Carcassonne is a tile-based board game by Z-Man Games. Named after the French fortress town of Carcassonne, the game is suitable for ages 8 years to adult. To win, it requires a good bit of strategy and skill. Carcassonne was designed to be played by two to five players. It is easy to understand and can be set up in minutes. With an average game lasting 45-50 minutes it should be capable of retaining the attention of even the youngest players.
As the game progresses tiles are laid down to form a board representing a medieval landscape. The game begins with a single terrain tile face up and the 71 others shuffled face down for players to use. For each turn a player draws a new terrain tile and places it against tiles that are in play and face up. The new tile needs to be placed in a suitable way to extend the features on the tiles it abuts. In effect roads must connect to other roads, fields to fields, and city walls to city walls. After each tile is placed, the player in play may station a follower piece called a meeple on a feature of the new tile. The placing player cannot place a follower to claim any features of the tile that connect to features already claimed by another player.
Although it is possible for terrain features to be shared by the subsequent placement of connecting tiles. It may be possible for two field tiles which each have a follower to become connected into a single field by another terrain tile. The game is completed when the last tile has been placed. At that time, all features score points for the players with the most followers on them. The player with the most points wins the game.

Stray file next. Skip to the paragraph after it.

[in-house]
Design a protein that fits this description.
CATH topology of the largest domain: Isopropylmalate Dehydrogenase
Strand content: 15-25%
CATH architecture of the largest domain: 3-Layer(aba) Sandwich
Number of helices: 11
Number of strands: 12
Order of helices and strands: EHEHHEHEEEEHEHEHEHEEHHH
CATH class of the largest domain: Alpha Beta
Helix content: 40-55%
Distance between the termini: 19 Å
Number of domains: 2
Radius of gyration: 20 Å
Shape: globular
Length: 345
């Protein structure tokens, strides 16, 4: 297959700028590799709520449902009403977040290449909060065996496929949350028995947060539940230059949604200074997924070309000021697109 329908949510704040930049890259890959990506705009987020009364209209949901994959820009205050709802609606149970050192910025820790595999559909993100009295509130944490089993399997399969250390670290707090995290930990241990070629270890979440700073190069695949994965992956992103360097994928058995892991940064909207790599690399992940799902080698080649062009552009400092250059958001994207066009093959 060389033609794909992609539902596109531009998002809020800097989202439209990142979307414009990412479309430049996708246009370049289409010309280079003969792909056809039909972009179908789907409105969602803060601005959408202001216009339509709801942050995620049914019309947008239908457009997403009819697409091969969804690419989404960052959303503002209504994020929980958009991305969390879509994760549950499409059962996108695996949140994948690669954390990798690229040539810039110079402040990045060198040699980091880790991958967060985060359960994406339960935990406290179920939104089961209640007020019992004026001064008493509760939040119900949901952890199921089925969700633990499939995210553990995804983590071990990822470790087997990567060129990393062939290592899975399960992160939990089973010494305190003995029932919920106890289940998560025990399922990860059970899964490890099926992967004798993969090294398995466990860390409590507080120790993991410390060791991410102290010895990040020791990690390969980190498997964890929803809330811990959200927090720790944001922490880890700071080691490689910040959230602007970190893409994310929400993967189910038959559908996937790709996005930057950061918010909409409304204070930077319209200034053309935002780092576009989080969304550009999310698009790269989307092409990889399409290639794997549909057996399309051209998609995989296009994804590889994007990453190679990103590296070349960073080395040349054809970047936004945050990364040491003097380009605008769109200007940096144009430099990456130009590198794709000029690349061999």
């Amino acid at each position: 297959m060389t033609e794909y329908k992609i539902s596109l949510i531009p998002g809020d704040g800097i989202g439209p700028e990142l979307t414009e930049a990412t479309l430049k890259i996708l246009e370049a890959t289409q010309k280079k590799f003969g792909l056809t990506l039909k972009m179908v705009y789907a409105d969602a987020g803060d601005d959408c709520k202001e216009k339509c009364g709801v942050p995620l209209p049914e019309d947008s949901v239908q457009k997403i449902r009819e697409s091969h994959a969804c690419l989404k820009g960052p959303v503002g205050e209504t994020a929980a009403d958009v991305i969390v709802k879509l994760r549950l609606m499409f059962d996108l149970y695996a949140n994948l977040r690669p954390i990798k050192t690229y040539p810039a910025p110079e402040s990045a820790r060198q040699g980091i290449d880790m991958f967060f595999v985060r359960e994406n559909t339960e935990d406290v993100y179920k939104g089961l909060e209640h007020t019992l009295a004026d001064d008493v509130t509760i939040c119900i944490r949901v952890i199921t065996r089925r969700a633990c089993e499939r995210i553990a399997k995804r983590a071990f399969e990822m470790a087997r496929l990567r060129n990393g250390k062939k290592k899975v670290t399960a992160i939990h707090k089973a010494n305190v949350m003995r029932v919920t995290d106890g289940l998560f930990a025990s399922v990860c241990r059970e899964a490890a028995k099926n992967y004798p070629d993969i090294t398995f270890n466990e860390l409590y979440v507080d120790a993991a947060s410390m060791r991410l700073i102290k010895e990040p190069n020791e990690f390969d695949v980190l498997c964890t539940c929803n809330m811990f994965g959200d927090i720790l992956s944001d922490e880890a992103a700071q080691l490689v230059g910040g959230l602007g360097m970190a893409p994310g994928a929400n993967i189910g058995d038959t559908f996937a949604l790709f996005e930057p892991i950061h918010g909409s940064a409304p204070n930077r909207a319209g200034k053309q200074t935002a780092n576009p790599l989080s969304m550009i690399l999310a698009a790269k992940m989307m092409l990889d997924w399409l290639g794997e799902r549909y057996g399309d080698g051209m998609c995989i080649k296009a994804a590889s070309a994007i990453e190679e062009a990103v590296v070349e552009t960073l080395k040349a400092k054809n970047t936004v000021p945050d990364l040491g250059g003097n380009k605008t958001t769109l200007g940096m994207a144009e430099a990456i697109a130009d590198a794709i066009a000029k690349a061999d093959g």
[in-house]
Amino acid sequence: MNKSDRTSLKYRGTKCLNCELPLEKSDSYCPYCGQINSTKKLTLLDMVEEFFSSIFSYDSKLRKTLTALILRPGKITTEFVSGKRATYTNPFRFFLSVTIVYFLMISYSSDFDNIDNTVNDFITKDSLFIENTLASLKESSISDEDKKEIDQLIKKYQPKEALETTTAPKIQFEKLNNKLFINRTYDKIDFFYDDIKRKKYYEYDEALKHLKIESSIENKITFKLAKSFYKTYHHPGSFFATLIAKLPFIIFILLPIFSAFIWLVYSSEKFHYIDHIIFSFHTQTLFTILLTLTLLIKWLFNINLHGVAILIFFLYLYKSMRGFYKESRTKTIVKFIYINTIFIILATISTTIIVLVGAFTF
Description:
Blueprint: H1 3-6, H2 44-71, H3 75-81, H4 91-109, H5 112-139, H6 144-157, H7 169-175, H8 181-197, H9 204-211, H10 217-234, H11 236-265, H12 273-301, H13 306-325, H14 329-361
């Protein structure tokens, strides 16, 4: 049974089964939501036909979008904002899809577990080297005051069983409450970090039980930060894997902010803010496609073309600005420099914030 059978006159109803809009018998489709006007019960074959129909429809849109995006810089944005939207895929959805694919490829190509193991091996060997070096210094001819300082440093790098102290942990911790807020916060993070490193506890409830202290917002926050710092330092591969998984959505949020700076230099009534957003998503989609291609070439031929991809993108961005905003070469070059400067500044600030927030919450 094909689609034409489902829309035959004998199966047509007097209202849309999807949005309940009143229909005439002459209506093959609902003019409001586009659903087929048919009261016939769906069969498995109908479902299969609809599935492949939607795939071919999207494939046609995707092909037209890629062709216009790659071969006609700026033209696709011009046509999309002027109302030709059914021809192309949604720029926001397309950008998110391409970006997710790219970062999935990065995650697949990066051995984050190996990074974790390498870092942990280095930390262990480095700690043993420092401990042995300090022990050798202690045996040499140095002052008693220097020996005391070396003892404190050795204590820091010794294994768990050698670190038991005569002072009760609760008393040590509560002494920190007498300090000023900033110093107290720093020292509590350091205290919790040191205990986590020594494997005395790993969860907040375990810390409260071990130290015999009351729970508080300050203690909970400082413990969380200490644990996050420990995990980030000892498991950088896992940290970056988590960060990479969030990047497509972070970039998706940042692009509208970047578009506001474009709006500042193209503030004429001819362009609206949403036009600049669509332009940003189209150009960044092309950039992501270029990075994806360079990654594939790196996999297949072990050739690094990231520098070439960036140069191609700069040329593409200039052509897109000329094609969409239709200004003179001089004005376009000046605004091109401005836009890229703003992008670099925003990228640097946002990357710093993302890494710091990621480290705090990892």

During the game cities, cloisters, and roads (but not fields) are scored when they are completed. Cities and roads are completed when there are no unfinished edges and cloisters when they are surrounded by eight tiles. At the end, when there are no tiles remaining, all incomplete features are scored. Points are awarded to the players with the most followers in a feature. If there is a tie for the most followers in any given feature, all of the tied players are awarded the full number of points.
In general, points are awarded for the number of tiles covered by a feature; cloisters score for neighbouring tiles; and fields score based on the number of connected completed cities. Once a feature is scored, all of the followers in that feature are returned to their owners.
An Excellent Game
Carcassonne is a very good starter game and an excellent way to introduce children to tactical board games. It reminds me of a graphic version of dominoes where you have to follow certain features but you can use tactics to gain an advantage. The rules are simple and the play is rapid. There is a luck component to the game but good tactics can improve your chances of winning.
Tactics to be developed include conserving or trapping followers and good follower placement, joining in on other players features and blocking to avoid sharing.
We have played Carcassonne about five times with four players and the skills and tactics have grown with each game played. It is definitely a game to be taken away on vacation. It is easily set up and is a really good game to play. Like dominoes but more tactical and strategic.